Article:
The advent of standalone health insurance companies in India dates back to the year 2006. It’s been more than a decade since standalone health insurance companies began to set shop. Antony Jacob, chief executive officer, Apollo Munich Health Insurance Co. Ltd, a standalone health insurance company explains how the markets and products have changed in the last decade and the role of standalone health insurance companies in setting the agenda. Apollo Munich is the second health insurance company that was launched in 2007. Edited excerpts:
There are now at least six standalone health insurers in India. How has the advent of health insurance companies changed the market in terms of product offering?
If you go back to the early days, the products were one-size-fits-all. For instance, people with conditions like diabetes or hypertension were not offered health cover earlier but now there are special disease management covers. Now you have super top-up plans that offer customers a choice to take a deductible plan when they have an employer provided cover, which significantly expands their coverage at a lower cost and can also be converted to a full blown policy later on.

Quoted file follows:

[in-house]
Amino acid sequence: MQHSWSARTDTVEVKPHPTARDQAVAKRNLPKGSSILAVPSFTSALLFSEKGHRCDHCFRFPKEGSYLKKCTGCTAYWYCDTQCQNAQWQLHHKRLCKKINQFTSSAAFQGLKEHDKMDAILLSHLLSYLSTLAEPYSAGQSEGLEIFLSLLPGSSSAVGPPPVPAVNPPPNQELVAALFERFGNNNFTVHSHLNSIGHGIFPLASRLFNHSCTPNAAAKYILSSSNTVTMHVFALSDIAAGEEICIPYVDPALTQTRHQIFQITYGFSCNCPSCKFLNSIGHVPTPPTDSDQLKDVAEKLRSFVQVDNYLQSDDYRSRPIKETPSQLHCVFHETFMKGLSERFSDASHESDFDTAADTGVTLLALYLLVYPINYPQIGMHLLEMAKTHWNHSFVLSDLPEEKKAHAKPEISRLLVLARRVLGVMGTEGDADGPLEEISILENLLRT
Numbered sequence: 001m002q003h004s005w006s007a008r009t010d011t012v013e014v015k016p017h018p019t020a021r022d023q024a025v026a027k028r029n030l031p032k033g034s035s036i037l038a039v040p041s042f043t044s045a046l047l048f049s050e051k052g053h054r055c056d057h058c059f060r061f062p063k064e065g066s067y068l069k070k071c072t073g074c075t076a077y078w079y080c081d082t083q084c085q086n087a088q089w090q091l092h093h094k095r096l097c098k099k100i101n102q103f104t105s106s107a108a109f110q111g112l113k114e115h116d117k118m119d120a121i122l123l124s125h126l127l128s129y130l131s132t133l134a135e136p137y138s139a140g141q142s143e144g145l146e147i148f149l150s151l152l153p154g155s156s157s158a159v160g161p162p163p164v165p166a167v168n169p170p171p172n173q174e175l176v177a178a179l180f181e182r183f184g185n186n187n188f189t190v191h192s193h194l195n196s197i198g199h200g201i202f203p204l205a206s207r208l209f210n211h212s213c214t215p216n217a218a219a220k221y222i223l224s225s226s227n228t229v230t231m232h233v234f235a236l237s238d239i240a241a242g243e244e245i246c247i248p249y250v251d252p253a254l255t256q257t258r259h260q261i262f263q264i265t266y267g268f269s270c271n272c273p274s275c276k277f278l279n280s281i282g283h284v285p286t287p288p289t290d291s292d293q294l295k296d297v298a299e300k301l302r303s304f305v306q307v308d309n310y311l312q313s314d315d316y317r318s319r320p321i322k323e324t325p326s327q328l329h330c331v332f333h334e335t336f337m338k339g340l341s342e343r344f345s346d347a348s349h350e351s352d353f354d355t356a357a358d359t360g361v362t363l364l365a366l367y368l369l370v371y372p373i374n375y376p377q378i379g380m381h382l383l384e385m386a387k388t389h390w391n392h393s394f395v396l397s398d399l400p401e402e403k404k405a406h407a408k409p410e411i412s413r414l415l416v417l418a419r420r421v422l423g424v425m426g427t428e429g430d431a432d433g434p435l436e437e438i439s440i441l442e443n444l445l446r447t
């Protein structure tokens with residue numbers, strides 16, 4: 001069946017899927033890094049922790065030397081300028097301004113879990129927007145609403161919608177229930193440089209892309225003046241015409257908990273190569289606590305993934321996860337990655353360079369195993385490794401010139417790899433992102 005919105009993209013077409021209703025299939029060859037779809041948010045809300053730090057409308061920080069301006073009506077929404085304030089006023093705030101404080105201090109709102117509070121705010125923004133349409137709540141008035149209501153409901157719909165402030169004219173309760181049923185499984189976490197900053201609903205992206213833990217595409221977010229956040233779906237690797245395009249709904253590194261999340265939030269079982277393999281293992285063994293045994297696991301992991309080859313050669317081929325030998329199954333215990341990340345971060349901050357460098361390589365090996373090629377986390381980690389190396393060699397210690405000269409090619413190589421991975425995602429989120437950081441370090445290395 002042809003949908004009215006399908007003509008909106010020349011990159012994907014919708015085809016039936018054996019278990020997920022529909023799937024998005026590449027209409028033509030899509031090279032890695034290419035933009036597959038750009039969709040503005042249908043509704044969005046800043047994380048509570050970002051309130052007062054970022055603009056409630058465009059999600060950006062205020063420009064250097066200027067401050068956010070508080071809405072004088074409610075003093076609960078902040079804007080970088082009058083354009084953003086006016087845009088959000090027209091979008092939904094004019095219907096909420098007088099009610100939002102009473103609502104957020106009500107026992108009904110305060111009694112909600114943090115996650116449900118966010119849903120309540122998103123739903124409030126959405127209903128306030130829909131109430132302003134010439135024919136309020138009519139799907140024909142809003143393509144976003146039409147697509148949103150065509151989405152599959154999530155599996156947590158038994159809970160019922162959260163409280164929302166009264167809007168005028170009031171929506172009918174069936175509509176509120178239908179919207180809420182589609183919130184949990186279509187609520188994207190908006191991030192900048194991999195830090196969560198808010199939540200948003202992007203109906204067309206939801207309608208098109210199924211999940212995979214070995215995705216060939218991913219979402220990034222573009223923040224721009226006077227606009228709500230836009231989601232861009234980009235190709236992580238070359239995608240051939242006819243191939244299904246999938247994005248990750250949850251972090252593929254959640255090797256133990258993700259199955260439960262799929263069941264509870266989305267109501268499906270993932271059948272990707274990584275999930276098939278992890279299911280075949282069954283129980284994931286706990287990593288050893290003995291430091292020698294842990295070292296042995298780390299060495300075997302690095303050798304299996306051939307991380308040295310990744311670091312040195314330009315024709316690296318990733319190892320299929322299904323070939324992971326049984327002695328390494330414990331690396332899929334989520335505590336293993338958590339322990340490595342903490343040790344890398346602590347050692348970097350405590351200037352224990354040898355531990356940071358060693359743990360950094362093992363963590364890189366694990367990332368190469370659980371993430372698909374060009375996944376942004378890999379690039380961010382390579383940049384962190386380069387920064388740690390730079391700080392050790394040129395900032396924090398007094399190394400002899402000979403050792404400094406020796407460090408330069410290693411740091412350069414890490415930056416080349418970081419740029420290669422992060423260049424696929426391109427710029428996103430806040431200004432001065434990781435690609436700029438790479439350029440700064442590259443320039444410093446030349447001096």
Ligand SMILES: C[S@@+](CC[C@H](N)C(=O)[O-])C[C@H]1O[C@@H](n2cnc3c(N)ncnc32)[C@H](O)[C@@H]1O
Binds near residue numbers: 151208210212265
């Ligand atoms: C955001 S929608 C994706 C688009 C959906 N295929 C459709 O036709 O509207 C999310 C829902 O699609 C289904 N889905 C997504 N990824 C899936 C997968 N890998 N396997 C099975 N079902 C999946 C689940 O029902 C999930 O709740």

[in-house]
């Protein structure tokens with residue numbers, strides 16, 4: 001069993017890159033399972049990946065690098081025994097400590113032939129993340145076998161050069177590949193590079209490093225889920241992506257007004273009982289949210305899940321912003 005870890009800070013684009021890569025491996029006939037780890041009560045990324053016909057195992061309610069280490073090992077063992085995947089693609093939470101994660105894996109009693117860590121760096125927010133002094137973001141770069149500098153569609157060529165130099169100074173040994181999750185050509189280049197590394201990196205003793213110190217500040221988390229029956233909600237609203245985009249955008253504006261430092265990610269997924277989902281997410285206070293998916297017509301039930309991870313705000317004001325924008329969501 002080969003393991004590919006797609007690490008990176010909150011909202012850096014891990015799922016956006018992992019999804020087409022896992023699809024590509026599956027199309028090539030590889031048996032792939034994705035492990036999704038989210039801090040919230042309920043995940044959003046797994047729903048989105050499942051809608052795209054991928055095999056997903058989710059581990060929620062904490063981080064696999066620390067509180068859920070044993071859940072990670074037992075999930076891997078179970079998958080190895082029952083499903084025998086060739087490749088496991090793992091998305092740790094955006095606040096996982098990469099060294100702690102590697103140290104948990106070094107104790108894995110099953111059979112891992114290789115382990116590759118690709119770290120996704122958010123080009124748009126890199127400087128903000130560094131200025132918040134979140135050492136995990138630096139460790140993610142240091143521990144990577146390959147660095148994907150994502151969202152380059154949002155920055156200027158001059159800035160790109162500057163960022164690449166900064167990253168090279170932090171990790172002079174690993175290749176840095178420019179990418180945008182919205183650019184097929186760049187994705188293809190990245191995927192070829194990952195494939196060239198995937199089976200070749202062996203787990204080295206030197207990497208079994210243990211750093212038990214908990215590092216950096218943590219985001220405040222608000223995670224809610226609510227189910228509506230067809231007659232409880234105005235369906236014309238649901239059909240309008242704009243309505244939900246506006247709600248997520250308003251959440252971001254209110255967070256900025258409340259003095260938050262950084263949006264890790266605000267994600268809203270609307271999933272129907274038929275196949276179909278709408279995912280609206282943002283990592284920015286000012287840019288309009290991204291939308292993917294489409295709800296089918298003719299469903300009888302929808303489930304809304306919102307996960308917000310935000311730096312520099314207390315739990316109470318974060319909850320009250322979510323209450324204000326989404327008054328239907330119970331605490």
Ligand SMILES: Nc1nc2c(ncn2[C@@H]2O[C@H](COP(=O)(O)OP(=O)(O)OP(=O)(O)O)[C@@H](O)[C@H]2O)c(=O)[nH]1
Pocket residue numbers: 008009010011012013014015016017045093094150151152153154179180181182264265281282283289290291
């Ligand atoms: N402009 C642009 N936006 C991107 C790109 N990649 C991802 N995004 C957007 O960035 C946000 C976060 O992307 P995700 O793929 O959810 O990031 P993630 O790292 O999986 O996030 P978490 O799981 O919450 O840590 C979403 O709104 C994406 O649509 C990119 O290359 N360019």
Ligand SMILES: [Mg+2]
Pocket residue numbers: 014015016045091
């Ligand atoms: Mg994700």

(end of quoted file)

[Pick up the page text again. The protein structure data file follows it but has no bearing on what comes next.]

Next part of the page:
Standalone health insurers brought significant changes that were later turned into regulation. For instance, lifelong renewability. In the early days, there was claim-based loading on renewal. I believe that was wrong philosophy as we are in the business of paying claims; so why penalize someone for claiming. We officially took a stand against claim-based loading. Now regulations don’t allow insurers to load the policy of an individual on the basis of her claims record. We also allowed portability even before it was introduced.
The next big recent change has been preventive healthcare. Policyholders need to be rewarded to stay healthy so against the norm of a 10% increase (maximum 50%) in the sum assured for every claim-free year, we offer a 50% increase (maximum 100%) in our product Optima Restore. So if you can demonstrate two healthy years, we will double the sum insured.
Then came the restore (benefit), which makes floater policy a worthwhile purchase. Policyholders like the concept of a floater plan but the problem was that if one family member exhausted the cover, there would be no cover for the rest of the family that year. So we put a restore benefit, where we reinstate the sum insured one more time.
We have developed an app, through which we can count the number of steps a person takes in a day and then reward them at the time of renewal by giving a discount on premium.